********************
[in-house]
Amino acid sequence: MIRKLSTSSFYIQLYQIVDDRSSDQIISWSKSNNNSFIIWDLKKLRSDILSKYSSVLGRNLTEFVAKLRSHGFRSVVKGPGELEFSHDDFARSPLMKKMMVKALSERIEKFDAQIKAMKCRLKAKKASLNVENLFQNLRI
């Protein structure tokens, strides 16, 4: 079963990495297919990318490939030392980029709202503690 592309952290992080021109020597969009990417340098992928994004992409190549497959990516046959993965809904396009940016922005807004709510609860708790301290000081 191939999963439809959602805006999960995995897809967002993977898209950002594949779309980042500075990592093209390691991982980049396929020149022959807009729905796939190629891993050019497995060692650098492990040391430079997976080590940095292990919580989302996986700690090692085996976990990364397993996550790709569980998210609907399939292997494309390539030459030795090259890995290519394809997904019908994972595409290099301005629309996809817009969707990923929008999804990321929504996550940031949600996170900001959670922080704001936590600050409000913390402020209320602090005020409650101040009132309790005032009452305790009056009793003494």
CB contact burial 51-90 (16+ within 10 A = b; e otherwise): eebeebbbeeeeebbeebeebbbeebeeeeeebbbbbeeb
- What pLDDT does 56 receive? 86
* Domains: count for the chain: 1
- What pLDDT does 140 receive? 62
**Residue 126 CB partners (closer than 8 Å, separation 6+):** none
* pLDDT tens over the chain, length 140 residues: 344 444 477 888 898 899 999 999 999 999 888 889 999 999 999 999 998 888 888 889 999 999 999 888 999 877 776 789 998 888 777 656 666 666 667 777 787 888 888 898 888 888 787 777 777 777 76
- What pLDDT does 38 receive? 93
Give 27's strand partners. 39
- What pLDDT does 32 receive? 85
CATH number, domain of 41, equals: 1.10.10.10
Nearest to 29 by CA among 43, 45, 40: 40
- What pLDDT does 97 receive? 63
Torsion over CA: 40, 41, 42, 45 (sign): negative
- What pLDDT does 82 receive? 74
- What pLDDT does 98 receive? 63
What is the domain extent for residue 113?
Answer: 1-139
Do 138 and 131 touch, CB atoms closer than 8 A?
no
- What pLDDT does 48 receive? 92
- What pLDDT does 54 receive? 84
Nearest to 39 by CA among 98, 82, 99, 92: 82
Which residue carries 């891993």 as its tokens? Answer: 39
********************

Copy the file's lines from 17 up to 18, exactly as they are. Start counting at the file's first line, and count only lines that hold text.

- What pLDDT does 82 receive? 74
- What pLDDT does 98 receive? 63